I was in Africa from March 2010 through early April 2011. The political and/or security situation has changed in many of the countries I visited. Here are some examples:
EGYPT (obviously) — As it turned out, I was in Egypt during the final days of the Mubarak regime. I was physically present in Tahrir Square for the first demonstration of Egypt’s “Arab Spring” uprising, on 25 January 2011, and I left Egypt, purely by coincidence, three days later. Today, the political situation in Egypt is still not very stable, and the security situation has deteriorated. Terrorism still doesn’t seem to be a problem there, thank God; but, disturbingly, street crime, which was absolutely unheard-of in Egypt until the collapse of the Mubarak regime, has become a problem. I’d still go to Egypt today if the opportunity presented itself, but these days one cannot expect to walk the streets late at night in perfect safety, the way one could in the “old days.”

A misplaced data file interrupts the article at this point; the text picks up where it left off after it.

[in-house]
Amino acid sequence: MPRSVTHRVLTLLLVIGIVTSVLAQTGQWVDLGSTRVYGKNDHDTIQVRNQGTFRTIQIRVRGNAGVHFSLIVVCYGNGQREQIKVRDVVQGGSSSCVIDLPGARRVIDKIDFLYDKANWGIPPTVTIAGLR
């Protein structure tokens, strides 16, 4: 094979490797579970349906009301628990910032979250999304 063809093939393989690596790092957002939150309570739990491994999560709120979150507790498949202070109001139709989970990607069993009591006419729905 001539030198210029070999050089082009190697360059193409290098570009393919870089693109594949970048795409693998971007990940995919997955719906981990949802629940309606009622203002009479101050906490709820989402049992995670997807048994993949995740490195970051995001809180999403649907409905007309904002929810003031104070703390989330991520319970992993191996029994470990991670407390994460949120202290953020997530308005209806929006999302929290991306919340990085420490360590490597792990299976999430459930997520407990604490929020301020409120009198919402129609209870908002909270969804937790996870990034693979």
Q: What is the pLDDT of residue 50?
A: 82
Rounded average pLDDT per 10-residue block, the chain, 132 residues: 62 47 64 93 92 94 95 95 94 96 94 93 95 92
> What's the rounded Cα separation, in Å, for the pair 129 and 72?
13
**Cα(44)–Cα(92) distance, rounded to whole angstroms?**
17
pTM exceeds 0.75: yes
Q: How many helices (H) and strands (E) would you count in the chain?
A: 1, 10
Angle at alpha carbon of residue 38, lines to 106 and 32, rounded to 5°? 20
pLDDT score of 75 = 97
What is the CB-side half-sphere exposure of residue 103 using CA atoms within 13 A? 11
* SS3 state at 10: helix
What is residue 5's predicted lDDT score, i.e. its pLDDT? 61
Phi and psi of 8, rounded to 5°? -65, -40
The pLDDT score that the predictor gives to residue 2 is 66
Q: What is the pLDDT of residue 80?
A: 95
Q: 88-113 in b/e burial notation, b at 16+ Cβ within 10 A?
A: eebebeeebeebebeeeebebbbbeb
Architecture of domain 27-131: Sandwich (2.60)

KENYA — Since I was in Kenya, the nation has gone to war with Al-Shabaab in Somalia. Terrorism is a problem in Kenya today, with IEDs and grenade attacks happening on a regular basis, and there have been a few incidents of tourists being kidnapped and/or killed around the Lamu area. Again, I would not think twice about going back to Kenya, but it’s not quite as safe as it was while I was there.
UGANDA — The situation in Uganda itself hasn’t changed much since I was there, but the M23 rebellion in neighboring DR Congo has found its way right to the Congo-Uganda border. It looks to me like another full-scale war in eastern DR Congo is brewing, which is going (once again) to have repercussions throughout central Africa’s Great Lakes region.